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Combustion Modeling Lab at UC Berkeley

Current Research

Ignition by non-thermal plasma: Nanosecond pulsed discharge


Daniel Pineda, Tiernan Casey (CML)

In conjuction with Transient Plasma Systems, Inc


Introduction

Spark plugs have been used to ignite combustible mixtures like those found in automotive engines for over a century, and the principles of the ignition by sparks (thermal plasma) have remained relatively unchanged during that time. By utilizing a transient non-thermal plasma, more effective combustion can be realized.

TPS System TestingTPS CEO Dan Singleton elaborates on the physics behind nanosecond pulsed discharge ignition to Profs. Chen and Dibble and graduate students in the Combustion Analysis Laboratory in Hesse Hall.

Preliminary experiments on lean methane-air mixtures in a constant volume combustion chamber have determined that utilizing a pulsed (10 kHz) nonthermal plasma generated by a rapid (12 ns) voltage rise (~15 kV) across ignition electrodes can decrease flame development time and increase the rate of pressure rise and advance the time of peak heat release. The relative contributions of compounding chemical kinetic and hydrodynamic effects to this combustion enhancement remain to be identified and present an ongoing research project for the Combustion Modeling Laboratory.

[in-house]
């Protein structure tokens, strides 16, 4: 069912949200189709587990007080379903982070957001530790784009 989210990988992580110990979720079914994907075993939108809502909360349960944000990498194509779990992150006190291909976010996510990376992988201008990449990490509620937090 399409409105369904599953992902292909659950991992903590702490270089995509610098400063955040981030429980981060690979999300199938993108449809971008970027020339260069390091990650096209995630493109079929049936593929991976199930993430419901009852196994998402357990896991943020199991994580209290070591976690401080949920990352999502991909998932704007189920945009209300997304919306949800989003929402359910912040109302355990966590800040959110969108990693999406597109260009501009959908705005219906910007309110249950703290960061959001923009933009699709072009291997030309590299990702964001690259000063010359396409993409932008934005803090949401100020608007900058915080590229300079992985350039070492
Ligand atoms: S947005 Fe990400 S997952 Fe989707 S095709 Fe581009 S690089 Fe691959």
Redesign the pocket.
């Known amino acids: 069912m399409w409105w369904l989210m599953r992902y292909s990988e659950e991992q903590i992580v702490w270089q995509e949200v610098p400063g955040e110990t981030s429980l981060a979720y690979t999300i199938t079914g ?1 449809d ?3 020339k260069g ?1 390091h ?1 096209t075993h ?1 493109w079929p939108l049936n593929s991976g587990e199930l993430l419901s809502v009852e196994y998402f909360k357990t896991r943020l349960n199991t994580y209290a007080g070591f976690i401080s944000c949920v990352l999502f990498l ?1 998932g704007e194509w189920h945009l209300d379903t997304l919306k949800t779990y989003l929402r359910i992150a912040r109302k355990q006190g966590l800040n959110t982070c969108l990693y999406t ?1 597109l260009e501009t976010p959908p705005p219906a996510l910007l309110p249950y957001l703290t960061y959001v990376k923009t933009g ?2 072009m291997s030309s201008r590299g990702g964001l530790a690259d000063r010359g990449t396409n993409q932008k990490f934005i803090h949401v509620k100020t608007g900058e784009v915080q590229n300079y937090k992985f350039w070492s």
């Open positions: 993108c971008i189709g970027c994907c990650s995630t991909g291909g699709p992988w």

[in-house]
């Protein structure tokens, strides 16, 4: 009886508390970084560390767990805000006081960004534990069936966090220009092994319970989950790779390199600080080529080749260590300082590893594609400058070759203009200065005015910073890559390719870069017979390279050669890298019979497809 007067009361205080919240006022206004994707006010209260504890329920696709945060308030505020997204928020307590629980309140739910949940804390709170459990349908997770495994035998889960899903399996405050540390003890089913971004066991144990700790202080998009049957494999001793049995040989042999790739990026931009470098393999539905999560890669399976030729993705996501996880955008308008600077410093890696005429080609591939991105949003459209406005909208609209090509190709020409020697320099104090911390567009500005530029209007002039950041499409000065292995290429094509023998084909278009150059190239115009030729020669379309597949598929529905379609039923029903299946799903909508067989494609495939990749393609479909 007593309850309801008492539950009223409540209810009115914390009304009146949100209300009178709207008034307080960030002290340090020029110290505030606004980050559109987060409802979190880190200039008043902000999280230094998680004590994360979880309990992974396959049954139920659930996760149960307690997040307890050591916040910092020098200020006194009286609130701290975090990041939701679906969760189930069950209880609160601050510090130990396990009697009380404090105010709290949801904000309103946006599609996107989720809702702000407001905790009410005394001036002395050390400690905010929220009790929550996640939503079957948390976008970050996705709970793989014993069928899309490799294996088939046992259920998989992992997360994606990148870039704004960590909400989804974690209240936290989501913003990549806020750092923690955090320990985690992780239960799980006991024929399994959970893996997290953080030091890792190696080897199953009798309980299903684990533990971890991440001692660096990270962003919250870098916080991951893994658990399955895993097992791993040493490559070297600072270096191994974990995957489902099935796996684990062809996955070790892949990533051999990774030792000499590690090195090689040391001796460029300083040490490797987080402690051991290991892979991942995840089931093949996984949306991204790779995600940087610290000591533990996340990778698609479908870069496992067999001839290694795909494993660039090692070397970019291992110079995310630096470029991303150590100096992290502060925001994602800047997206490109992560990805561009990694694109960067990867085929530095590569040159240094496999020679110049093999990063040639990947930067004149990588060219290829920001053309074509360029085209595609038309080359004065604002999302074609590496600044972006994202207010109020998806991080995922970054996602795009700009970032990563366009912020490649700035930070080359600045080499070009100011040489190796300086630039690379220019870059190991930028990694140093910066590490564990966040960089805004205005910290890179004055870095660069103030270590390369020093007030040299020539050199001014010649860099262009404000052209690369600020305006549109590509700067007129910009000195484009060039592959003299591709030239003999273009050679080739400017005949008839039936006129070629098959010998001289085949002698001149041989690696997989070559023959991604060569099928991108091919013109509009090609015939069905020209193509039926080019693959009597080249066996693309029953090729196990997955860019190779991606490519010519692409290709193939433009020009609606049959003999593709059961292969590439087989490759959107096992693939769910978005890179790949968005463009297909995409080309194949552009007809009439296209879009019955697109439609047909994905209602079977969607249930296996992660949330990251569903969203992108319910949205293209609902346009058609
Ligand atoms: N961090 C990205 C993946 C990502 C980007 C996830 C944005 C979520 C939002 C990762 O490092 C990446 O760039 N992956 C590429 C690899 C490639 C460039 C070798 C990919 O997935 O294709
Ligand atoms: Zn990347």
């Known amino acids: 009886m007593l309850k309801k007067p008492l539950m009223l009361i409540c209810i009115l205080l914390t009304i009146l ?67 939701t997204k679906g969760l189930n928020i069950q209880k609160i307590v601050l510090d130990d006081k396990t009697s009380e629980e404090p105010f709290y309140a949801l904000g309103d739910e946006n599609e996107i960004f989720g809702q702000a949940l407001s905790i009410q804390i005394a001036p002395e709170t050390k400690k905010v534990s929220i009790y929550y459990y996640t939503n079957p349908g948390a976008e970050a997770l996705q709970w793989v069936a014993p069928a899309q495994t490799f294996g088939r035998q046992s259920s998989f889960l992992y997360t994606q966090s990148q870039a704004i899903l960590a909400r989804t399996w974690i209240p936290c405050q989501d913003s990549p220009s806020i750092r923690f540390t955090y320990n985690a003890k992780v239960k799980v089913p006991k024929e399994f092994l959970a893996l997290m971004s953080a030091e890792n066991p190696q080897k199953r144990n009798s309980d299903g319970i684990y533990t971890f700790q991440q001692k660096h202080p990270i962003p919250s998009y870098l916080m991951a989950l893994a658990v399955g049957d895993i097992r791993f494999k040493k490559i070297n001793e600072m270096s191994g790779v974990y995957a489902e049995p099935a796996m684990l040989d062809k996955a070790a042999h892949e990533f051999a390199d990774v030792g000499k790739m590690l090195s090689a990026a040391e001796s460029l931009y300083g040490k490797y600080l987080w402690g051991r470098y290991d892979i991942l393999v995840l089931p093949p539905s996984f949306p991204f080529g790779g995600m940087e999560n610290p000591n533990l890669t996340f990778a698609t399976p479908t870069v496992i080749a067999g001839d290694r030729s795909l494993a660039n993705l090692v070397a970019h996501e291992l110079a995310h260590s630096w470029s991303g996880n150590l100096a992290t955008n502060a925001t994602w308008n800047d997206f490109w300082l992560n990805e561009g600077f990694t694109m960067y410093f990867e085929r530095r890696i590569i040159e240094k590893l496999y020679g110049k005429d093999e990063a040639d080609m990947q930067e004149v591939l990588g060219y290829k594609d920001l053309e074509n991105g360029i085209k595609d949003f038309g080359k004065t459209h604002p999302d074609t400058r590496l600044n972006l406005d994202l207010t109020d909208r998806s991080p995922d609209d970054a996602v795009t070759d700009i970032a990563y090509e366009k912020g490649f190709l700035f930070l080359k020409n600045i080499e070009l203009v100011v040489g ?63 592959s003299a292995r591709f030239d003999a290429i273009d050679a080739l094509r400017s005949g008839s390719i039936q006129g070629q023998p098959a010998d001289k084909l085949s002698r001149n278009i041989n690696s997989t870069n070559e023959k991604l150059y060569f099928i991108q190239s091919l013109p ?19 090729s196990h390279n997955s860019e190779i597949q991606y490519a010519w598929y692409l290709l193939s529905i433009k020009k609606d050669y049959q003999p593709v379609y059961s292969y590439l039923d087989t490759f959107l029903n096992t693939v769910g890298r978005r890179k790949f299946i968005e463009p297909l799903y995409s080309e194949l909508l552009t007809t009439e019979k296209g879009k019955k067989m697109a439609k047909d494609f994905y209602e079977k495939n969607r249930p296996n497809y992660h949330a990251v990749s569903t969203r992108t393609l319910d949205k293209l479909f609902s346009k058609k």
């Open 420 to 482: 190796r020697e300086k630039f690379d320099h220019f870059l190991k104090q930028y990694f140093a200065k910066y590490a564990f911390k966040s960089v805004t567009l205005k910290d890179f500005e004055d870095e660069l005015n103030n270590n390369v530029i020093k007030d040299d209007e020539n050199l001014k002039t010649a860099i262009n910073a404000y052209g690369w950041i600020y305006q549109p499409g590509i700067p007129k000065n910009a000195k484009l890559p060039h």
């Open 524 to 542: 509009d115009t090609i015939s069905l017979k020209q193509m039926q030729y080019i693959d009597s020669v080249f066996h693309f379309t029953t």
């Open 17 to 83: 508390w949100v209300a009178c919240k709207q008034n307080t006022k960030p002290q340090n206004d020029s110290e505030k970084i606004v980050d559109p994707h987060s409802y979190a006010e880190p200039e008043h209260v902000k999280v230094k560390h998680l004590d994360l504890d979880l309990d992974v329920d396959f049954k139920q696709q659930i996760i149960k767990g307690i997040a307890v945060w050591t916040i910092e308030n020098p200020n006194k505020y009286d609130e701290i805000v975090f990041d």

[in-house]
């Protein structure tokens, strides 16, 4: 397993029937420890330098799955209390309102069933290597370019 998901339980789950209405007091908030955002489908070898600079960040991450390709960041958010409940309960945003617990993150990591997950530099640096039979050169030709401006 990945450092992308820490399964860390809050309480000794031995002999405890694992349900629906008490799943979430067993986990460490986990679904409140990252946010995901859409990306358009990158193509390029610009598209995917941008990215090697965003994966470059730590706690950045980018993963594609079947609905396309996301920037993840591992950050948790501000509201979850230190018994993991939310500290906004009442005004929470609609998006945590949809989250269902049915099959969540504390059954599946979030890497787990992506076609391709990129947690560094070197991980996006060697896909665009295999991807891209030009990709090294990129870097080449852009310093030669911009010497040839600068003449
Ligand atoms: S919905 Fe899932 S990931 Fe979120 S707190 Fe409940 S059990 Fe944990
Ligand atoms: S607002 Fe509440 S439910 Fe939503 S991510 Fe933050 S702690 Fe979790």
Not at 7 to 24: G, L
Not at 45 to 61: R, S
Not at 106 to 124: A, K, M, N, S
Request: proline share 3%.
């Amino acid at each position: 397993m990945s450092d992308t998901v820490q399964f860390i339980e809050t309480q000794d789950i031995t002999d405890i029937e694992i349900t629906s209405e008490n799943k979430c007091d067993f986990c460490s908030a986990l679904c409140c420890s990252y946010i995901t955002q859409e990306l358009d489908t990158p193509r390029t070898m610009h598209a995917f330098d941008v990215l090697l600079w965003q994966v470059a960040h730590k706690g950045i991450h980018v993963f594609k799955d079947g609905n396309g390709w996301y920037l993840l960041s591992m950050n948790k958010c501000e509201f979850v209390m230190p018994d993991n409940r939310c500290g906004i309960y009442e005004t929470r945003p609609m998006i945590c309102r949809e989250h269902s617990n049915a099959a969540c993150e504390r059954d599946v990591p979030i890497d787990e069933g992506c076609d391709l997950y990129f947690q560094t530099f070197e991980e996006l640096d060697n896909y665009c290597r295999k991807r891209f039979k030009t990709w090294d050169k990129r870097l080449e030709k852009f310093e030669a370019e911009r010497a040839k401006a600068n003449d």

Nanosecond Pulsed Discharge in a Lean Methane-Air Mixture

Abstract: High-speed schlieren imaging of nanosecond pulsed discharges in a near-atmospheric lean methane/air mixture reveals enhanced ignition over traditional inductive spark. The chamber pressure history also indicates faster flame development time.

Schlieren Images, phi = 0.70Schlieren images taken at 50,000 fps for spark-ignited (a) and nanosecond pulsed discharge ignition modes using 5 pulses (b) and 20 pulses (c).


Nanosecond pulse plasma assisted ignition simulations at atmospheric pressure

Abstract: Ignition assistance by a pulsed applied voltage is investigated in a canonical one-dimensional configuration. An incipient ignition kernel, formed by localized energy deposition into a lean mixture of methane and air at atmospheric pressure, is subjected to sub-breakdown electric fields by a DC potential applied across the domain, resulting in non-thermal behavior of the electron sub-fluid formed during the discharge. A two-fluid approach is employed to couple thermal neutrals and ions to the non-thermal electrons, and a two-temperature plasma mechanism describing gas phase combustion, excitation of neutral species, and high-energy electron kinetics is employed to account for non-thermal chemical effects. Charged species transported from the ignition zone drift rapidly through the domain, augmenting the magnitude of the electric field in the fresh gas during the pulse through a dynamic-electrode effect, which results in an increase in the energy of the electrons in the fresh mixture with increasing time. Enhanced fuel and oxidizer decomposition due to electron impact dissociation and interaction with excited neutrals generate a pool of radicals, mostly O and H, in the fresh gas ahead of the flame's preheat zone. The effect of the nanosecond pulse is to increase the mass of fuel burned at equivalent times relative to the unsupported ignition through enhanced radical generation, resulting in an increased heat release rate in the immediate aftermath of the pulse.